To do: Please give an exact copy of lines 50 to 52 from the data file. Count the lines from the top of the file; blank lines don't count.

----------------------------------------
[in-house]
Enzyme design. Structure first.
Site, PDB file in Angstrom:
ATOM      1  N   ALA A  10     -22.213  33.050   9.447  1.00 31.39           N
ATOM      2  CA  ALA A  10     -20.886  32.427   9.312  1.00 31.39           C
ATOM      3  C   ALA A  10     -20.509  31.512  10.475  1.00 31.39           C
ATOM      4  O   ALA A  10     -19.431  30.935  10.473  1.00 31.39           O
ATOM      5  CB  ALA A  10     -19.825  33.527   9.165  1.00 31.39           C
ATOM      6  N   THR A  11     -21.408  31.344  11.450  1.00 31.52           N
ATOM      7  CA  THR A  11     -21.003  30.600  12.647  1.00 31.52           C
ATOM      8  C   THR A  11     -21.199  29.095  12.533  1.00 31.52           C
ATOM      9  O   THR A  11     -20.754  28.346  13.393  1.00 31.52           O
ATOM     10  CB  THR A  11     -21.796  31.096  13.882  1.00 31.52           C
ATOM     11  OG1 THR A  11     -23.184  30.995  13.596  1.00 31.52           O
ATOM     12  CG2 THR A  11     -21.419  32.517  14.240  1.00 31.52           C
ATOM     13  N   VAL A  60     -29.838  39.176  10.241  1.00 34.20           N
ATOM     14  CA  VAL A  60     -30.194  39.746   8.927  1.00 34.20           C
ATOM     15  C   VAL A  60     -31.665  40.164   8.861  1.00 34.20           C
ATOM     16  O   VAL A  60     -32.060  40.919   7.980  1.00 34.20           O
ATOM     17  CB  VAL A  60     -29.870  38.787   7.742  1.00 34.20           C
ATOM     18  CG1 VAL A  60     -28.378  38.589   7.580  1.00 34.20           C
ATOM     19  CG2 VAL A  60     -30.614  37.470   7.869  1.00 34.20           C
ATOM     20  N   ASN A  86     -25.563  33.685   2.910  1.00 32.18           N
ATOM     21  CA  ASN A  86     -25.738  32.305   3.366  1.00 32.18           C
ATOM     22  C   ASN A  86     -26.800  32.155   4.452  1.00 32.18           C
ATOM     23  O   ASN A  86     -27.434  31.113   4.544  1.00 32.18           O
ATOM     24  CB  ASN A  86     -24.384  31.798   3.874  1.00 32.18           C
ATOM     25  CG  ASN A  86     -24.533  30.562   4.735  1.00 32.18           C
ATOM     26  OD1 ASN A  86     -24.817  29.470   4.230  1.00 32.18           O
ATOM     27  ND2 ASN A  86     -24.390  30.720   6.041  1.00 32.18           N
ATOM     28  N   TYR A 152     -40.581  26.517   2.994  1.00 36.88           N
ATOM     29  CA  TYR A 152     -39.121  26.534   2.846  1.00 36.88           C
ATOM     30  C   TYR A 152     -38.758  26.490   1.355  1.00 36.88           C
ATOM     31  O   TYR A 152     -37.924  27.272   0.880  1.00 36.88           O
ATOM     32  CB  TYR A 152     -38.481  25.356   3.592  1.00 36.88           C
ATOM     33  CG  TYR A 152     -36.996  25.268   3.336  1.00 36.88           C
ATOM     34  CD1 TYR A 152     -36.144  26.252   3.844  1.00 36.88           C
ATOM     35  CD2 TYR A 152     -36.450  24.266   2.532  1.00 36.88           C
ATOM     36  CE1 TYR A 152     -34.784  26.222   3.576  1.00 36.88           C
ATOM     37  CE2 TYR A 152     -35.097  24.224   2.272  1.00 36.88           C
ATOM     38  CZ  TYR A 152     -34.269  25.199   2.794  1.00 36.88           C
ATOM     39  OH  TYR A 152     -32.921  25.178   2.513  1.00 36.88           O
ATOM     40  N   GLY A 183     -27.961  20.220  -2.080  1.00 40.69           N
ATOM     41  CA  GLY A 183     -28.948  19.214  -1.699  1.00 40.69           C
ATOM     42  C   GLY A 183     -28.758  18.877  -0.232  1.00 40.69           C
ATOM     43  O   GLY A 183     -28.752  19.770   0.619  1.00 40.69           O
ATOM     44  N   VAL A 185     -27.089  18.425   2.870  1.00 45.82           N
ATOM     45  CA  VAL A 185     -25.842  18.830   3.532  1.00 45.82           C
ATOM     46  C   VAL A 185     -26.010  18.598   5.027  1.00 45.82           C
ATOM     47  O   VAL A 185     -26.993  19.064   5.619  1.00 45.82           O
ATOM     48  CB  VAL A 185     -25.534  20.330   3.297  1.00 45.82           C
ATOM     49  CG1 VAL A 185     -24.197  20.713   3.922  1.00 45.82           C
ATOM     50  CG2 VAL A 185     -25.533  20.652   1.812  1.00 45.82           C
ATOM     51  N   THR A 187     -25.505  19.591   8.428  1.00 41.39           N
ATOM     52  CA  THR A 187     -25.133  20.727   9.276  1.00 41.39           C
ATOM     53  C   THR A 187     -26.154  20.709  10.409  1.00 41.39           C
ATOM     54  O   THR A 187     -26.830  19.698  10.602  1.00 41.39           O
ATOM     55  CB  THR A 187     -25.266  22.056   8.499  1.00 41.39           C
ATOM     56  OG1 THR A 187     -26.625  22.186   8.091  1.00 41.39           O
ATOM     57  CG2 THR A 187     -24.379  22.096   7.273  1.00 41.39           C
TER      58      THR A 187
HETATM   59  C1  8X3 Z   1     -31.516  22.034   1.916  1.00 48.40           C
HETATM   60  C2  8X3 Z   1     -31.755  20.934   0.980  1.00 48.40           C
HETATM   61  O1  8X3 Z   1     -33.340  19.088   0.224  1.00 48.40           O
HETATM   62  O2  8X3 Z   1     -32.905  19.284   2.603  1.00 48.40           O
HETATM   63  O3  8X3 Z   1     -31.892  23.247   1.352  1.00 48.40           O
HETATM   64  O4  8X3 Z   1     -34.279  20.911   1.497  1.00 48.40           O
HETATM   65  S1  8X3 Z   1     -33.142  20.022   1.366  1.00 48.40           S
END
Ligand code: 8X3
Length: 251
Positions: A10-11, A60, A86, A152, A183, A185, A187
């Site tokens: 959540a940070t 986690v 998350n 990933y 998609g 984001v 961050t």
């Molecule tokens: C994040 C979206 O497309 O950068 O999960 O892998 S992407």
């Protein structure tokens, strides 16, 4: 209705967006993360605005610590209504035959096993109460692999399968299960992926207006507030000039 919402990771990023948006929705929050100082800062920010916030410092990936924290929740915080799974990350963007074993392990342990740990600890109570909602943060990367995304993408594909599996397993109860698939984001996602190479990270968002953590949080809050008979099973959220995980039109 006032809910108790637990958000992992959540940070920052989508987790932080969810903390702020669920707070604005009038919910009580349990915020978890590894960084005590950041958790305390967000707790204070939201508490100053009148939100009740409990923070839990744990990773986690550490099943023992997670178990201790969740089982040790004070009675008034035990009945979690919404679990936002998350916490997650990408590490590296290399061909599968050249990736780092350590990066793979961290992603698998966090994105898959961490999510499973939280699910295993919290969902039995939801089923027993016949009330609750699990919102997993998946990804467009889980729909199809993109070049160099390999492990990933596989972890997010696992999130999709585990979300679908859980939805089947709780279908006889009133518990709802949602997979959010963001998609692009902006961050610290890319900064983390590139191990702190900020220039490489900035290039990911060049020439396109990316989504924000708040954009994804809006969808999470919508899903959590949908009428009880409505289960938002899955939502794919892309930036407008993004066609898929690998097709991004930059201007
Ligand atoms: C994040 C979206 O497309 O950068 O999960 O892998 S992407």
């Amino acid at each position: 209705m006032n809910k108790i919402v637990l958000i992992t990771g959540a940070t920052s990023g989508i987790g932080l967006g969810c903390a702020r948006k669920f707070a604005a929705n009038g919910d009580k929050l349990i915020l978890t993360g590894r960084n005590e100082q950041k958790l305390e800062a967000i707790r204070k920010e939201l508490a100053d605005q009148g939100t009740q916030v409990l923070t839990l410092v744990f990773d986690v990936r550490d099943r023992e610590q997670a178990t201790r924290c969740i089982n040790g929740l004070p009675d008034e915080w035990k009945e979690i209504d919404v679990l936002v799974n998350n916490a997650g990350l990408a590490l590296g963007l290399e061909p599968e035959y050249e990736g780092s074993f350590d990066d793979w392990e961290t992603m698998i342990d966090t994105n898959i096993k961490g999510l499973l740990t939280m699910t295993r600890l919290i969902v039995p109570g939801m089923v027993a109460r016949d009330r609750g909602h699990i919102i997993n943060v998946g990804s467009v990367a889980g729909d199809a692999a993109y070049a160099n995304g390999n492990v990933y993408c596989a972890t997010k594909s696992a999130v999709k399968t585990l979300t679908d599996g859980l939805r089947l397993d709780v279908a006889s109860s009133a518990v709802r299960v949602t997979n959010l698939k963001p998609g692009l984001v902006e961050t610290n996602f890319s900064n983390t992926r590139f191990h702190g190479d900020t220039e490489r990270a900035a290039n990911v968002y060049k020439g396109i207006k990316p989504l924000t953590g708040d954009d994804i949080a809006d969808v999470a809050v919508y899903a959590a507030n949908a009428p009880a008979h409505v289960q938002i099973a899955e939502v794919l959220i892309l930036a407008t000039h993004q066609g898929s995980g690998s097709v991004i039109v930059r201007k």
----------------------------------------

ATOM     47  O   VAL A 185     -26.993  19.064   5.619  1.00 45.82           O
ATOM     48  CB  VAL A 185     -25.534  20.330   3.297  1.00 45.82           C
ATOM     49  CG1 VAL A 185     -24.197  20.713   3.922  1.00 45.82           C